“Without sin there is no need for law. The man who has not sinned is law personified.”
“And at the end of days?” he asked.
“He will again be as he was before he sinned. Remember what the Prophet said: The wolf and the lamb shall graze together, and the lion shall eat hay like the ox.”
And then, and this is a moment he will never forget, his father turned to him and gave him a long look, different from any look he had experienced until that day and declared:
“I do not delight in the blood of bullocks or of sheep ” – and these words too were unfamiliar to him, and in his efforts to grasp what it was that made this occasion special, something about his father’s look and his voice, one word sprang into his mind and embedded itself there: warmth.
“And yet in spite of all this – there were feasts and sacrifices and the Passover ritual!” he exclaimed reluctantly, for he would have preferred not to have spoken at all, preserving at all costs the wonder of that moment. Nor was he expecting a response, but there was one.
“Grace I desire rather than a feast, and knowledge of God rather than sacrifice” – again his father quoted a verse from the Scriptures, this time from the Prophet Hosea.
“So what does it mean, when people still need meat?”
“It testifies to the sin that still prevails over them.”

He remembered seeing his father one more time, the day before the wall was breached and the Chaldeans took Jerusalem.
At a late hour of the night his father came into his chamber, a little oil-lamp in his hand, and finding him awake, asked him if he understood that the soul is immortal, and death cannot come between those whose hearts are pure, who cleave to God and love Him with all their heart and might.
He nodded, assenting.
And without saying another word his father withdrew to the corridor and for some time he could make out the flashes of his lamp, until the light faded and was utterly absorbed by the darkness.
The following day the wall was breached, and the king commanded his father to stay in the palace, to repel the attacks of the Chaldeans and delay them for as long as was possible, to cover his own escape.

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The convoy climbed up to a broad plateau, the dusty road stretching across it straight as a ruler and with no obstacles to impede progress. Men and beasts quickened their pace and breathed more easily as less effort was required of them, and the jolting of the wagons subsided.
The young men were assailed by hunger...


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Working in the office of Nashdernach, the man appointed by the King to supervise his senior counsellors and reputedly an authority on the holy writings of the Jews, was fraught with tension. Runners came and went from early morning till late in the evening, even at times when Nashdernach was absent from the office, leaving their messages either orally, in which case the duty clerk made a written record with a stylus on finely crafted scrolls, or in the form of inscriptions on clay tablets, parchment or those thin, flimsy sheets of paper imported from Egypt, made from reeds and known as “papyrus”.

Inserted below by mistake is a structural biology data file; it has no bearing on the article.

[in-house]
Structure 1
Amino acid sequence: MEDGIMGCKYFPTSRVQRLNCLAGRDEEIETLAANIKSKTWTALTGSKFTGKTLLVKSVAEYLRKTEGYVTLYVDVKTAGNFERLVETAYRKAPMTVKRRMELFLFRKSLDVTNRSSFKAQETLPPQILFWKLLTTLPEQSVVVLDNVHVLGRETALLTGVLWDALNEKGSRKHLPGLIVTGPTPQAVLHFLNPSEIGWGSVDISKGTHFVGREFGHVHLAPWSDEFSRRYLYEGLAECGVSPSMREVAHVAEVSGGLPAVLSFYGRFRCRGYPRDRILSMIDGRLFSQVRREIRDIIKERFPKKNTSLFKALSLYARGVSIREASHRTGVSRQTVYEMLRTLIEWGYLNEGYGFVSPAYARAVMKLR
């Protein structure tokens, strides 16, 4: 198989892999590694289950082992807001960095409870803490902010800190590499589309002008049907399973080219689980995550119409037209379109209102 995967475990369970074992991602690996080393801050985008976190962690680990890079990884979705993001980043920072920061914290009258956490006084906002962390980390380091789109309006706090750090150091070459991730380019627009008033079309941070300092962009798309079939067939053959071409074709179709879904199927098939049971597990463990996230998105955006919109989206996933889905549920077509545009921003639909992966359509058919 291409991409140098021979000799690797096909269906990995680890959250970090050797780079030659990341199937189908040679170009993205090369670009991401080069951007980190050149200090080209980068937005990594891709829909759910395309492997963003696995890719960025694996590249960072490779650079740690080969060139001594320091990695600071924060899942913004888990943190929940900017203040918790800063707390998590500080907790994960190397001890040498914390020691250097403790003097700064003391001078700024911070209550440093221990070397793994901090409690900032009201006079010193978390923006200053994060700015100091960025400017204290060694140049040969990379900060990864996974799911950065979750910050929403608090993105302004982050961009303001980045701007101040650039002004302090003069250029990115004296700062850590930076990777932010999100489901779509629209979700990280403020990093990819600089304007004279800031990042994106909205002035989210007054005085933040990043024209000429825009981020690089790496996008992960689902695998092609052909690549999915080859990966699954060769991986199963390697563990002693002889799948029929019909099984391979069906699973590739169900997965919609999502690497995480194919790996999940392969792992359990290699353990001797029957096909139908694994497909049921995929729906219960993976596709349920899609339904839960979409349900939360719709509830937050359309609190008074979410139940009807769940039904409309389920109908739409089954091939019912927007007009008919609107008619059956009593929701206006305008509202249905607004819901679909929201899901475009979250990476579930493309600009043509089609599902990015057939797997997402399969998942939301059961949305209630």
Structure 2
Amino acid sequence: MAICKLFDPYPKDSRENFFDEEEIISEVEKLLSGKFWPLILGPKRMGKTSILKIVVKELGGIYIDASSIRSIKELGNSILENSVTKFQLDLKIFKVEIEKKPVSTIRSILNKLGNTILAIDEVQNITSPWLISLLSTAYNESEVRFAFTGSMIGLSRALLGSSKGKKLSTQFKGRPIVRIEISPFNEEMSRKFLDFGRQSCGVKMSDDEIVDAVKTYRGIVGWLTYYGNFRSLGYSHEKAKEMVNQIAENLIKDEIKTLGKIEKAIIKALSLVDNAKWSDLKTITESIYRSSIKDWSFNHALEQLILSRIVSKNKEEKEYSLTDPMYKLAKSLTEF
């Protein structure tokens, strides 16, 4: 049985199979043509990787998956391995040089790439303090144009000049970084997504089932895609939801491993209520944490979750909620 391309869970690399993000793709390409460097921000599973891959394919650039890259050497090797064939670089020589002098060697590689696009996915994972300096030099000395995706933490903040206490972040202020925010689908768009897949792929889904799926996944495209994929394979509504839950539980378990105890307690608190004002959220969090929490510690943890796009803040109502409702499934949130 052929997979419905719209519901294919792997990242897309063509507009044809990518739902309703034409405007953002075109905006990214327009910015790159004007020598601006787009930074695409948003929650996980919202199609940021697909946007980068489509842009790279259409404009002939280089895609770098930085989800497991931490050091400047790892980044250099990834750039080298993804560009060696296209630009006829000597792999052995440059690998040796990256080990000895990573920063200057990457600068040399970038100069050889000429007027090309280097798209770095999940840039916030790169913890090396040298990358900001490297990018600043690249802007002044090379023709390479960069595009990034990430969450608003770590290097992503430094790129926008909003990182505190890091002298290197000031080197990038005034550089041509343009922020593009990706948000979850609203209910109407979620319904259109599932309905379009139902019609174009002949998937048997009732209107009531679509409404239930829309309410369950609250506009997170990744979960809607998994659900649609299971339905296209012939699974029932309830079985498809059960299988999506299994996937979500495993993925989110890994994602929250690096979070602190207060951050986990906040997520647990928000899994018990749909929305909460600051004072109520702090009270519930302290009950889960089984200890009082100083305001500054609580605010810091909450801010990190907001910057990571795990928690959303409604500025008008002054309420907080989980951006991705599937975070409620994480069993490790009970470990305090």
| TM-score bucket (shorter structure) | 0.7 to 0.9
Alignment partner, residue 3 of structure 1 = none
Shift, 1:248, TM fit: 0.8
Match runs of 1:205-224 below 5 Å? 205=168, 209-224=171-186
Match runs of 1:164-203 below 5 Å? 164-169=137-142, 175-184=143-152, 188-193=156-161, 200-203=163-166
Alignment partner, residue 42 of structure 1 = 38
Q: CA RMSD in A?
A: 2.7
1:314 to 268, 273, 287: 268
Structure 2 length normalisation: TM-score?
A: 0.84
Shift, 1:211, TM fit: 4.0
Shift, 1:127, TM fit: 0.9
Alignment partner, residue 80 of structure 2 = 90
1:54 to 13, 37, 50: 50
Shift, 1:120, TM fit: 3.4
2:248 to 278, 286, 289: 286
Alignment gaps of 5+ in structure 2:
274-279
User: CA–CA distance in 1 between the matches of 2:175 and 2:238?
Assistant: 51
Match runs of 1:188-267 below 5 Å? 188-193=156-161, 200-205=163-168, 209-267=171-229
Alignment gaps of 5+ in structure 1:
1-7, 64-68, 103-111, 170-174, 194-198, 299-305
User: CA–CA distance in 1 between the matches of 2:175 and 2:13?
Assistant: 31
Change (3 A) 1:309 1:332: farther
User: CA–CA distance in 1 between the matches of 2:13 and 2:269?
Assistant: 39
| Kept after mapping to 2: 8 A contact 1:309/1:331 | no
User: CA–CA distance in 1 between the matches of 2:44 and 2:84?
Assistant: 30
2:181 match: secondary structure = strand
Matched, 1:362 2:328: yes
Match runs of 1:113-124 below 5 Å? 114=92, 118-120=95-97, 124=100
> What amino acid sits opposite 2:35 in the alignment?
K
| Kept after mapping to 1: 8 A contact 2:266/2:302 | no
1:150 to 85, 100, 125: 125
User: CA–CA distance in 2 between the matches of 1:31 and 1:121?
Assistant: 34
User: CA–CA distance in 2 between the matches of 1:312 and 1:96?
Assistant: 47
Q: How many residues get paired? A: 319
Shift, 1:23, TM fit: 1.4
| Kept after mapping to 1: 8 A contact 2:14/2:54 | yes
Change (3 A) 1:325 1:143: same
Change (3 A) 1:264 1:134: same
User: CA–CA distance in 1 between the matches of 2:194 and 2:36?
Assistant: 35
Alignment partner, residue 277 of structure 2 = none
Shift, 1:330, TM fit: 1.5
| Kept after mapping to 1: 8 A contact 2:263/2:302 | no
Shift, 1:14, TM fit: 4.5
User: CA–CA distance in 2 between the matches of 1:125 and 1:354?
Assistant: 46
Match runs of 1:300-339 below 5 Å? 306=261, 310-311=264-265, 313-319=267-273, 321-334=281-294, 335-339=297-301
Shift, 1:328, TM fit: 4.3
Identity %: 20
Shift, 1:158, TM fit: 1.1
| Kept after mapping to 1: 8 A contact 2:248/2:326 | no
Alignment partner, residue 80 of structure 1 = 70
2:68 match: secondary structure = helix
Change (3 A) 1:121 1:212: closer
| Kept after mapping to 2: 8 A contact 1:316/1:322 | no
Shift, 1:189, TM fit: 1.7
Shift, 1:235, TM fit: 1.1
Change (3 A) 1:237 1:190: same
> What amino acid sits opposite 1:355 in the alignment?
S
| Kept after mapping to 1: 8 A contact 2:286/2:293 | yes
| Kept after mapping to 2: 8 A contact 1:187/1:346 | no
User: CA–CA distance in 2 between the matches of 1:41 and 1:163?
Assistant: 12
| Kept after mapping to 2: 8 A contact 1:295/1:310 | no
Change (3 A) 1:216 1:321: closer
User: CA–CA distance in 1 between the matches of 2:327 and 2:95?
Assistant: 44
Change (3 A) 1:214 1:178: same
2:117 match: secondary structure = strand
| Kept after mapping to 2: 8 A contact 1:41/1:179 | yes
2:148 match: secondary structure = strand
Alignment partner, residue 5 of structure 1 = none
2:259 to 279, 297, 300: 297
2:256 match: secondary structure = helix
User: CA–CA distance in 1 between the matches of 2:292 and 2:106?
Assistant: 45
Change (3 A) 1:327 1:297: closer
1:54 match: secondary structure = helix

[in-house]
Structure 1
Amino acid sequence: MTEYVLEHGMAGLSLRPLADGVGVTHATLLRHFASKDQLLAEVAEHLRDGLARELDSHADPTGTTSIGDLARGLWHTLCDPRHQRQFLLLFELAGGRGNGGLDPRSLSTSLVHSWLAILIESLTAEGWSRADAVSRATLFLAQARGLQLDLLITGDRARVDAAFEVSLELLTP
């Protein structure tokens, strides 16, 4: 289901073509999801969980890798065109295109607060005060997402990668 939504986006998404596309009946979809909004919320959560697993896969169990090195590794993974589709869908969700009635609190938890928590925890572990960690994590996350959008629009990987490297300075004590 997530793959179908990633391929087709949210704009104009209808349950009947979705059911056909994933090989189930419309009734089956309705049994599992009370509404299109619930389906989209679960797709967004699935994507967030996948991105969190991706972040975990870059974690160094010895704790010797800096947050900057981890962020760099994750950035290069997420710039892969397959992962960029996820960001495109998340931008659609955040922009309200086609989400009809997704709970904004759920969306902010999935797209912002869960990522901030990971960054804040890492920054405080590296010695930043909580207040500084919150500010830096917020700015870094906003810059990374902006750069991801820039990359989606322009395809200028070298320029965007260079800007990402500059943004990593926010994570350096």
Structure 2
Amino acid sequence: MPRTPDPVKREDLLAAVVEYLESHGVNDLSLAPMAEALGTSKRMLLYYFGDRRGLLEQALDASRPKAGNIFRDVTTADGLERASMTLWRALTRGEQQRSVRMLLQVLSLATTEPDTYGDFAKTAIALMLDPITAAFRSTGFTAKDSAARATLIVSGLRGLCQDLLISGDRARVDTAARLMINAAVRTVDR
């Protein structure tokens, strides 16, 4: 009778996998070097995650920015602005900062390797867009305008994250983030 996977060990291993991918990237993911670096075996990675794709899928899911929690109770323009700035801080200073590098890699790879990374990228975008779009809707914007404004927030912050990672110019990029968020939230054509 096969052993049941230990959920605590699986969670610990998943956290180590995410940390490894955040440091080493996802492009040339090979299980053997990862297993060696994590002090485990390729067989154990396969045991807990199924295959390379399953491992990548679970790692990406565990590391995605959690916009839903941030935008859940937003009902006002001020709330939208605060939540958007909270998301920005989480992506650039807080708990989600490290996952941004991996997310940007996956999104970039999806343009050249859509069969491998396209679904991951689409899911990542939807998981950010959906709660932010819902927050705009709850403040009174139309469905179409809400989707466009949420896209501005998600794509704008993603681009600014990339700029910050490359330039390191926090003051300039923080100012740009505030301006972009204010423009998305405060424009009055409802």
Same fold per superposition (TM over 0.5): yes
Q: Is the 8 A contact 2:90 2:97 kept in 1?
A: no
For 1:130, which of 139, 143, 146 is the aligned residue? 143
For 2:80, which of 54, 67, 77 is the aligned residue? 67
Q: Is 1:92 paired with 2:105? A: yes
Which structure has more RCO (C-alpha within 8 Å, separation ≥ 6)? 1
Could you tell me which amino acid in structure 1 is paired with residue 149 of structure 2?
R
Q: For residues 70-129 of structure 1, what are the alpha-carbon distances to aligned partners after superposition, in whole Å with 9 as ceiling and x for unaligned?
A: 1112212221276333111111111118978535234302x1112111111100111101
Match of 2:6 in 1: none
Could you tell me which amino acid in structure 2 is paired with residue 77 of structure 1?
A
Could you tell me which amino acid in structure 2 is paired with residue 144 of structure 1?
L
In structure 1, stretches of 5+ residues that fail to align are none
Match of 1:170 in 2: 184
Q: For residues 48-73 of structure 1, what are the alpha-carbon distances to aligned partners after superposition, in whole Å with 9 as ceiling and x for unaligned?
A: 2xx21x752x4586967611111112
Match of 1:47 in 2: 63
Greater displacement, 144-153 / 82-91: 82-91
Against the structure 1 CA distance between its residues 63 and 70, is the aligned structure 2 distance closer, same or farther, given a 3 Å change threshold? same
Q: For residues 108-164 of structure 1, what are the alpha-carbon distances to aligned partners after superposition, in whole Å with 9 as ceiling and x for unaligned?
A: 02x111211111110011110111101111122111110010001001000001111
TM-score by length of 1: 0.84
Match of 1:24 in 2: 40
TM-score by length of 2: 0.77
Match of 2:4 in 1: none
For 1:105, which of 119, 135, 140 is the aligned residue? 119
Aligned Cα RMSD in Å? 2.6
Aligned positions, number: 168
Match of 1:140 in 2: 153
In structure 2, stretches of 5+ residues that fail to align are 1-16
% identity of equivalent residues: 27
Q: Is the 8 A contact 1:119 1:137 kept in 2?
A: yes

For his part, the chief minister of the King’s council made every effort to be present and to receive in person the dispatches arriving from all far-flung corners of the great kingdom, especially the oral reports, which were sometimes corrupted in transmission from one runner to another and from one clerk to another. If he suspected any such inaccuracy, the minister would personally interrogate the runner and force him to repeat the message over and over again, while a harassed clerk took dictation. If the several versions of the same material were inconsistent, as frequently happened, or even contradicted one another, a less common occurrence, Nashdernach would fume, abusing and berating the unfortunate runner and the fool who had entrusted him with the message, and sending him back the way he had come, accompanied by a runner of his own, who was instructed to report the minister’s displeasure, demand an enquiry and return post haste with a clear and authenticated version of the original message.
At such times as this, the minister’s extensive office was in a ferment: scribes and calligraphers running back …........

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Form the book: THE CHOSEN by Shlomo Kalo.